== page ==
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Media diversity in danger as Fatah-affiliated broadcasters forced to stop operating in Gaza Strip, pro-Hamas journalists threatened in West Bank

(RSF/IFEX) - The partition of the Palestinian Territories resulting from the Islamist party Hamas' takeover in the Gaza Strip in June 2007 has eroded media diversity, Reporters Without Borders said. Broadcasters that are affiliated to Fatah or support it have stopped operating in Gaza, while pro-Hamas journalists are exposed to threats in the West Bank, controlled by the Palestinian Authority.

"Palestinian journalists have for several weeks been living with the fear of being targeted by Hamas or Fatah militants," the press freedom organisation said. "We appeal to the president of the Palestinian Authority, Mahmoud Abbas, and to former prime minister Ismael Haniyeh to put a stop to the threats and intimidation of journalists. A way must also be found to allow the Gaza Strip's closed radio and TV stations to go back to work in order to preserve news diversity."

Reporters Without Borders added: "Foreign correspondents also face a major security problem. In the absence of any guarantees from the Palestinian authorities, the threat of kidnapping is still present. No attempt has been made to arrest and try those responsible for the abduction of British journalist Alan Johnston, although everyone knows who they are."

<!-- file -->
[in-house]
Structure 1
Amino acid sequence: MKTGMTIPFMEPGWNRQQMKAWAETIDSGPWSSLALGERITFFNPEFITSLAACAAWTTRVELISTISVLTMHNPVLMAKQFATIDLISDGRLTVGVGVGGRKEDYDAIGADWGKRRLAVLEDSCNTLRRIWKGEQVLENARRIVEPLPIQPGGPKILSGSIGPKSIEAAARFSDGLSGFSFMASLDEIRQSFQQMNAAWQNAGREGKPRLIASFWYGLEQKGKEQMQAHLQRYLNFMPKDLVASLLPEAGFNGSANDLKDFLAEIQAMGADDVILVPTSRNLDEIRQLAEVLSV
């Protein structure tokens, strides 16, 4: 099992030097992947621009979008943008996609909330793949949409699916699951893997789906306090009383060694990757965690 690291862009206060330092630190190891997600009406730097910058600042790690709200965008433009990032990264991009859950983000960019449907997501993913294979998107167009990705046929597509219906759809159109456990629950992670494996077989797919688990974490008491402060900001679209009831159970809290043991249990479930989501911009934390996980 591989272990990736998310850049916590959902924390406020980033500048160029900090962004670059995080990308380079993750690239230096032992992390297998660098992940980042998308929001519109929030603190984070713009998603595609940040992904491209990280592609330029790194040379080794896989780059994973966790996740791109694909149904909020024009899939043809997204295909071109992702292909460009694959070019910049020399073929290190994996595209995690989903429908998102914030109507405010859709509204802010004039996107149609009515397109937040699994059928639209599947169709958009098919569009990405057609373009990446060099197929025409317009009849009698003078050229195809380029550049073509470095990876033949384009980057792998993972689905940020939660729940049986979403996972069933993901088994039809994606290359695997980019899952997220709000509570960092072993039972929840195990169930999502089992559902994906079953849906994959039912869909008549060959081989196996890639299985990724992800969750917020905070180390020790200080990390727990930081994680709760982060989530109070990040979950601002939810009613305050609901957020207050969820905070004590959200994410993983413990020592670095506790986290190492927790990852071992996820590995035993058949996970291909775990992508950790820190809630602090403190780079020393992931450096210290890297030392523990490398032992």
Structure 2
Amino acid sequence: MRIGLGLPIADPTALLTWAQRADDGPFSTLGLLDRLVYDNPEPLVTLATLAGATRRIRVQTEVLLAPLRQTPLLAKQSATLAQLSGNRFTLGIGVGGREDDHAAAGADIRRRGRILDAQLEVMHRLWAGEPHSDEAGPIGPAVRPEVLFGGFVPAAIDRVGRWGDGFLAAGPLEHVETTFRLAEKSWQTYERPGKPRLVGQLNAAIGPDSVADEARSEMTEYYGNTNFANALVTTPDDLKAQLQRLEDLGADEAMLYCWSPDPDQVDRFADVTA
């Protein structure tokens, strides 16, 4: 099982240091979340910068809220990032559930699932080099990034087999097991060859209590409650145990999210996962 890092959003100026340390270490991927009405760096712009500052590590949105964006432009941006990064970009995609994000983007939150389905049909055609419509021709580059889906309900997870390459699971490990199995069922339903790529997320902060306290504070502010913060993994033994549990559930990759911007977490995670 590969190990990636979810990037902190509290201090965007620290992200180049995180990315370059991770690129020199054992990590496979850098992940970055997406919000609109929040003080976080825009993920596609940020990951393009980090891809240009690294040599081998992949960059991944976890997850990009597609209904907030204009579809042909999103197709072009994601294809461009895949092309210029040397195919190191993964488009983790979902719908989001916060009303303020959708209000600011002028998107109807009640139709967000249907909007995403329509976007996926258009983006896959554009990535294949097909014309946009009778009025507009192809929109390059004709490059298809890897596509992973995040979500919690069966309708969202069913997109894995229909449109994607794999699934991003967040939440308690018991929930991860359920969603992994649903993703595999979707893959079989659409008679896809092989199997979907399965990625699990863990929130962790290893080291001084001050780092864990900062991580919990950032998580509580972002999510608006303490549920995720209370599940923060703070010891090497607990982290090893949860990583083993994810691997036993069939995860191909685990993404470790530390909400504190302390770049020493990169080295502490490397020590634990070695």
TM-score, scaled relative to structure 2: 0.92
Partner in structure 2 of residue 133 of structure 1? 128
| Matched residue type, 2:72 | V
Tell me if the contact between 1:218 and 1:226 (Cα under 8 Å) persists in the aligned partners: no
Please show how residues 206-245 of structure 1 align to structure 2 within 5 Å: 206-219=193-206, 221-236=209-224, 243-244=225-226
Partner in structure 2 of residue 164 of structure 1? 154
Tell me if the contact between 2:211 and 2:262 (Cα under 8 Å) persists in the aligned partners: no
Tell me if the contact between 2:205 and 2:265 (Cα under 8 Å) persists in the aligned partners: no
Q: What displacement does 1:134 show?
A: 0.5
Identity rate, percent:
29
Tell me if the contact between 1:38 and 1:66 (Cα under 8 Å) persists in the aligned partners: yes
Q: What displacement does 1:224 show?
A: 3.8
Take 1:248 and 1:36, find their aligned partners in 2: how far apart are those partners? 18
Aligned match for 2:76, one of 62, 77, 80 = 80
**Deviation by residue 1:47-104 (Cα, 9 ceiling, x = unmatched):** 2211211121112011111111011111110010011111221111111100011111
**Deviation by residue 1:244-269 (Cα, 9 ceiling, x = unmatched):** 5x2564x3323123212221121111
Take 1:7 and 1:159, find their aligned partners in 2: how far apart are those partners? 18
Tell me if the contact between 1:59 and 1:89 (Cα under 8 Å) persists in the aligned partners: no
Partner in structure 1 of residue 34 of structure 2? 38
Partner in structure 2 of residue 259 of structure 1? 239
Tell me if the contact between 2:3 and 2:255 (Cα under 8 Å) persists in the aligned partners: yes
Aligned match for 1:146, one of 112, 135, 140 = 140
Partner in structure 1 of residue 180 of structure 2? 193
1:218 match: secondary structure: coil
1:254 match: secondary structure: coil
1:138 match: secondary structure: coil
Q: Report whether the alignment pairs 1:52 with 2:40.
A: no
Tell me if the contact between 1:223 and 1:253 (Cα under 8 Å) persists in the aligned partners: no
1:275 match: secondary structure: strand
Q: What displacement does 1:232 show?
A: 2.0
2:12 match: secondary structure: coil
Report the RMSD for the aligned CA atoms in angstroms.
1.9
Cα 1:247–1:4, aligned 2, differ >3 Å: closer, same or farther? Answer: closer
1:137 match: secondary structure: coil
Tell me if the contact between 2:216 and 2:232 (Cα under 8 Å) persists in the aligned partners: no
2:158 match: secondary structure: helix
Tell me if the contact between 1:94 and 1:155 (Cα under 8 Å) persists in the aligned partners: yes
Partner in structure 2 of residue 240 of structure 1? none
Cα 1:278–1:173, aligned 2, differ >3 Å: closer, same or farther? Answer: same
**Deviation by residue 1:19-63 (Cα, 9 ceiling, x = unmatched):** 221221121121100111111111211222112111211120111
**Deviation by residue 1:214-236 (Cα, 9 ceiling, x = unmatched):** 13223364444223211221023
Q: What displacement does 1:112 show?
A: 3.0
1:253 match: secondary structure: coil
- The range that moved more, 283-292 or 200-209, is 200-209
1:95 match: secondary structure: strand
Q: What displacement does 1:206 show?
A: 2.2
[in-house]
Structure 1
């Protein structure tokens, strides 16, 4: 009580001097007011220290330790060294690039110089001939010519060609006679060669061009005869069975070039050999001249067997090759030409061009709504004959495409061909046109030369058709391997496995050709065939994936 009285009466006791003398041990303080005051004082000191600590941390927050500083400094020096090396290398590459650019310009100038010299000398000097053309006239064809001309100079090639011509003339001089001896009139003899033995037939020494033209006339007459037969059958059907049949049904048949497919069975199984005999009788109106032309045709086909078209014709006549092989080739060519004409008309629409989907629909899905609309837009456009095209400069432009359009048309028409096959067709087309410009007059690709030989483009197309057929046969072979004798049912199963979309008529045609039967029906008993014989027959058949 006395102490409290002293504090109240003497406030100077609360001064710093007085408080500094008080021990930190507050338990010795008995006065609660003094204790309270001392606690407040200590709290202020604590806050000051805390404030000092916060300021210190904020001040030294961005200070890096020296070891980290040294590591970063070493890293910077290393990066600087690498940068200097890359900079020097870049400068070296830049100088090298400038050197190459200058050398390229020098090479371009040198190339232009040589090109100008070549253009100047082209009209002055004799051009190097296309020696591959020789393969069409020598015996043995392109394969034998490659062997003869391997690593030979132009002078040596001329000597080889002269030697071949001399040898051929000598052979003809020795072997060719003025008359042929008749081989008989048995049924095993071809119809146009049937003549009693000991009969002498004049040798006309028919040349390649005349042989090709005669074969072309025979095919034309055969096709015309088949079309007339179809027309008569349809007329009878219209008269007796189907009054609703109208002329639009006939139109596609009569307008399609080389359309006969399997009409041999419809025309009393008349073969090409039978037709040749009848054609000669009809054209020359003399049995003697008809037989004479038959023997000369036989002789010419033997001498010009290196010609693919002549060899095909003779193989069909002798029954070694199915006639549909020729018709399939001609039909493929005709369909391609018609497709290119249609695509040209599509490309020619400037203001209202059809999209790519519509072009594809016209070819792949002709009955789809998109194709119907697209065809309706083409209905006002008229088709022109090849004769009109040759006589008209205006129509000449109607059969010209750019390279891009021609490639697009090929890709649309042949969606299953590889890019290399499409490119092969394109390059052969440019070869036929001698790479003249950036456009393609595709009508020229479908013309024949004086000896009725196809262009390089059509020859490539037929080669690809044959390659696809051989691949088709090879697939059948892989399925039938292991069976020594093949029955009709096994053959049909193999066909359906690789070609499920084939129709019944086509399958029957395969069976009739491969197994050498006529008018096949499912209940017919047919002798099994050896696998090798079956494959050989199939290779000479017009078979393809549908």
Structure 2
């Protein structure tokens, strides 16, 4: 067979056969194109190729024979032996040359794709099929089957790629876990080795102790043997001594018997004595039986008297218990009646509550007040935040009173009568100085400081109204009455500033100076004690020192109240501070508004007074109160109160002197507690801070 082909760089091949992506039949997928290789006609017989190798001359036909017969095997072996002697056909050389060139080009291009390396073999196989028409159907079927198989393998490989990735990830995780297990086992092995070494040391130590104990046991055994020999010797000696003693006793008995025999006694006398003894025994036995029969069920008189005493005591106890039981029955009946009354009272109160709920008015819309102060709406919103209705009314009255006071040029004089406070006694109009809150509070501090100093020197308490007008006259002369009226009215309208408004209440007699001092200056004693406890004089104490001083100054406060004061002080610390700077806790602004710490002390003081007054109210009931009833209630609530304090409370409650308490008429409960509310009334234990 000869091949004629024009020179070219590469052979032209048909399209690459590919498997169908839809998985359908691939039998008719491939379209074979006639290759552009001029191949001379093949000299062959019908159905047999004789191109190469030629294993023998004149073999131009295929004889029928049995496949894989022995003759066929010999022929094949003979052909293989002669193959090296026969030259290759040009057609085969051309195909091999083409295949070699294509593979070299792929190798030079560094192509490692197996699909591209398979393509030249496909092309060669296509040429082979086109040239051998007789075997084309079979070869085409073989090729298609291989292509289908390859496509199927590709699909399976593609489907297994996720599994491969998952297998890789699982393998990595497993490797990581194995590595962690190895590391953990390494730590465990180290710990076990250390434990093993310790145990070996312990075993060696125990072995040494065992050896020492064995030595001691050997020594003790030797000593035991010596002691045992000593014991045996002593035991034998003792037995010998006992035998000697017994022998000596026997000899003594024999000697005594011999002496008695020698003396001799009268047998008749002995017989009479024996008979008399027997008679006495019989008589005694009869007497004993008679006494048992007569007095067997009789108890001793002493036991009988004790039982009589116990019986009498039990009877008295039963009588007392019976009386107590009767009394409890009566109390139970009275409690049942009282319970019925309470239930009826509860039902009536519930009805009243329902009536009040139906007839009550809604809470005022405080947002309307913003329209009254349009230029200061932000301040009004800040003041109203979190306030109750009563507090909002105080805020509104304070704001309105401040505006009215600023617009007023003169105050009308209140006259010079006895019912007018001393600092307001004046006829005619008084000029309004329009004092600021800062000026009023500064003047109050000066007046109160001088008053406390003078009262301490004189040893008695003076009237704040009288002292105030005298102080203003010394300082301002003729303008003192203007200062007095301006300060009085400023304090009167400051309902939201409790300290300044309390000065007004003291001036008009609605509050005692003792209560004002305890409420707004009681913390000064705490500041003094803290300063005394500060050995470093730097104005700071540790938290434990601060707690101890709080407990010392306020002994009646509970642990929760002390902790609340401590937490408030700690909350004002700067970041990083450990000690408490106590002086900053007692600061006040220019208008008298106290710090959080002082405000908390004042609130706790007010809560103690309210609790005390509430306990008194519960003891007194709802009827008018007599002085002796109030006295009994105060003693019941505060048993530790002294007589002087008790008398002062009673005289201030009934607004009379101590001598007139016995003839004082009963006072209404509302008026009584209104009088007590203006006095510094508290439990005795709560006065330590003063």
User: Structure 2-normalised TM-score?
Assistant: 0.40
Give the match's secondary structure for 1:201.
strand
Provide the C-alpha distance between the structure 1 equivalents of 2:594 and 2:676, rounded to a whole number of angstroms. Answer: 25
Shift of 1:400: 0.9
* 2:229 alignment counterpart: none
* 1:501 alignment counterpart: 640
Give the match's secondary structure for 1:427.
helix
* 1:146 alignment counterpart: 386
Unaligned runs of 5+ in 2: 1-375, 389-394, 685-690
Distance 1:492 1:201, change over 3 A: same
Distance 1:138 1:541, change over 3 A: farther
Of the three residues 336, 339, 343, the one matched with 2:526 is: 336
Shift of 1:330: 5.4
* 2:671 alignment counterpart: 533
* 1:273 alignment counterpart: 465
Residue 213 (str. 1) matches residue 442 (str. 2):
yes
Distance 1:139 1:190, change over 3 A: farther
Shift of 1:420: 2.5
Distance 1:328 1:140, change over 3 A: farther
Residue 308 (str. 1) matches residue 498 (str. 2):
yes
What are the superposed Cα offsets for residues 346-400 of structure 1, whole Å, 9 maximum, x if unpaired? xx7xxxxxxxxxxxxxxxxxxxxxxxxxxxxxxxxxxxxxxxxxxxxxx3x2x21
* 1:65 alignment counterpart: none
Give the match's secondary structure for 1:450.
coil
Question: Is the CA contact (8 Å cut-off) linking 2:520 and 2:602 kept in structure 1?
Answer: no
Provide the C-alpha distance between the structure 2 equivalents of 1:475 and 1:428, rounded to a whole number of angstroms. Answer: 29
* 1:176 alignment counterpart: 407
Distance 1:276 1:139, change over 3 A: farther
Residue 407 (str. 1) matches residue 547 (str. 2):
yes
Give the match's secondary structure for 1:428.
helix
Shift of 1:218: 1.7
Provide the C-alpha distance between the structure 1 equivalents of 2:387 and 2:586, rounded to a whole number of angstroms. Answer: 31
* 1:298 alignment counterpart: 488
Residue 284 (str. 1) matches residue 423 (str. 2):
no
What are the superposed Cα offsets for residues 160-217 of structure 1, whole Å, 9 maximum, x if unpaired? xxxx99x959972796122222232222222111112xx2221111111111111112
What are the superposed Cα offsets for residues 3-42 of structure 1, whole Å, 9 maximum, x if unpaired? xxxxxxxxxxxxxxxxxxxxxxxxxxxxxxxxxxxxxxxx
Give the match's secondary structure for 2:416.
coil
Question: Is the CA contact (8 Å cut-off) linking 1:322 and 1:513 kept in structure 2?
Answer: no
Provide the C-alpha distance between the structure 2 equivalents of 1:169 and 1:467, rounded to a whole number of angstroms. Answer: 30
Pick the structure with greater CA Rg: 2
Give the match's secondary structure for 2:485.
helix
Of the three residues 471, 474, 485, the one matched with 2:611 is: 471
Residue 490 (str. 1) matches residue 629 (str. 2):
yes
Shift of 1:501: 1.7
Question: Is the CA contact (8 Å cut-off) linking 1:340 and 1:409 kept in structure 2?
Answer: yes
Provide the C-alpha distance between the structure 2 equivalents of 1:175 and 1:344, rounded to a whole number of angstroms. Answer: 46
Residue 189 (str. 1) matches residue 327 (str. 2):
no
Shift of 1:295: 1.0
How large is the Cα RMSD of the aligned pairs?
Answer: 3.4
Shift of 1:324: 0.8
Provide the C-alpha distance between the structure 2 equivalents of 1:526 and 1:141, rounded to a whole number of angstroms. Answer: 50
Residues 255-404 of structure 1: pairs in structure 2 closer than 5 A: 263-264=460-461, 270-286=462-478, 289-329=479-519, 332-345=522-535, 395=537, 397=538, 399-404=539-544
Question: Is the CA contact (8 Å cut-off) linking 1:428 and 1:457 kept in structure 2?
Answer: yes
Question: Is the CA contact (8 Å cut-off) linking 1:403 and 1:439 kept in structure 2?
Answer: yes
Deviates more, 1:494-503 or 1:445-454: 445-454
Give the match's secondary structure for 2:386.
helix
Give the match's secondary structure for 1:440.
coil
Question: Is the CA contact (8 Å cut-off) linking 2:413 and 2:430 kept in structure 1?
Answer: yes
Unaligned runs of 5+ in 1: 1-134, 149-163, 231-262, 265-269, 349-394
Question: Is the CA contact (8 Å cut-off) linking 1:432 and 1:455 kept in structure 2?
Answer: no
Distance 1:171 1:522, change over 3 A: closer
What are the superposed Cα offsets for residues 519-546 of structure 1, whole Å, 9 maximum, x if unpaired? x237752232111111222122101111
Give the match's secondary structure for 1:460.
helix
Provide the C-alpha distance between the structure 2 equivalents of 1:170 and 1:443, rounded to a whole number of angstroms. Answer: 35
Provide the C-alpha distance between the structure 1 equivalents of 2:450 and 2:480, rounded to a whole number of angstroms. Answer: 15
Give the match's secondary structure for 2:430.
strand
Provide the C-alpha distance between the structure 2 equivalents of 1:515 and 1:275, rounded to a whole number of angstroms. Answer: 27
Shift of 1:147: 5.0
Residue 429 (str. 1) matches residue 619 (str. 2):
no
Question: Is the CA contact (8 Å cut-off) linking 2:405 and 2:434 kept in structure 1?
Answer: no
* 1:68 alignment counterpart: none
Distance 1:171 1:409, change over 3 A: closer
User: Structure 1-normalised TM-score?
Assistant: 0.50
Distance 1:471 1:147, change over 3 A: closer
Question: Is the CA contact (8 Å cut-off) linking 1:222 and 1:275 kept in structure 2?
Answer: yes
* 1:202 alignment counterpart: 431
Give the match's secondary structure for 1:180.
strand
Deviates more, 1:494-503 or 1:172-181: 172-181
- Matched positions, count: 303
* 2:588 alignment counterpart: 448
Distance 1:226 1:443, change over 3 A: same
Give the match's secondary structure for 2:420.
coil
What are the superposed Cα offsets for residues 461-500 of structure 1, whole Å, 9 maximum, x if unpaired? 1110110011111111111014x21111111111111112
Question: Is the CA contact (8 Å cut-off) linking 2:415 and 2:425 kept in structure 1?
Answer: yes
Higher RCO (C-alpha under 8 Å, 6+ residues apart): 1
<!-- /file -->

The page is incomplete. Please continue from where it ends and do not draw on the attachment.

The only broadcast media operating in the Gaza Strip since the Hamas takeover are the Islamist party's own media (Al Aqsa TV and Sawt Al Aqsa), plus Sawt Al Qur'an Al-Kareem (a radio station run by the Religious Affairs ministry, which is under Hamas control), Sawt Al Qods (which supports Islamic Jihad) and Radio Alwan (which is regarded as a pro-Hamas station).

The state-owned press, controlled by the Palestinian Authority, have moved to the West Bank while privately-owned broadcast media affiliated with Fatah have had to stop operating. According to the information available to Reporters Without Borders, at least nine news media outlets have had to stop operating in the Gaza Strip. Three of them are state-owned: the Public Broadcasting Corporation, the Voice of Palestine radio and the WAFA news agency. The other six are privately owned: Sawt Al Shabab, Sawt Al Hurriya, Sawt Al Aamal, Sawt Al Shaab, and the weekly newspapers "Al Karama" and "Al Sabah".

Meanwhile in the West Bank, Issa Youssef Abou Al Izz, the head of the pro-Hamas TV station Afak, received telephone threats on 24 July after broadcasting a report that blamed the recent disturbances at Al Najah University in Nablus on Fatah supporters. The same day, gunmen burst into the station's premises in Nablus, forced all the journalists present to leave, opened fire inside and destroyed much of the equipment.

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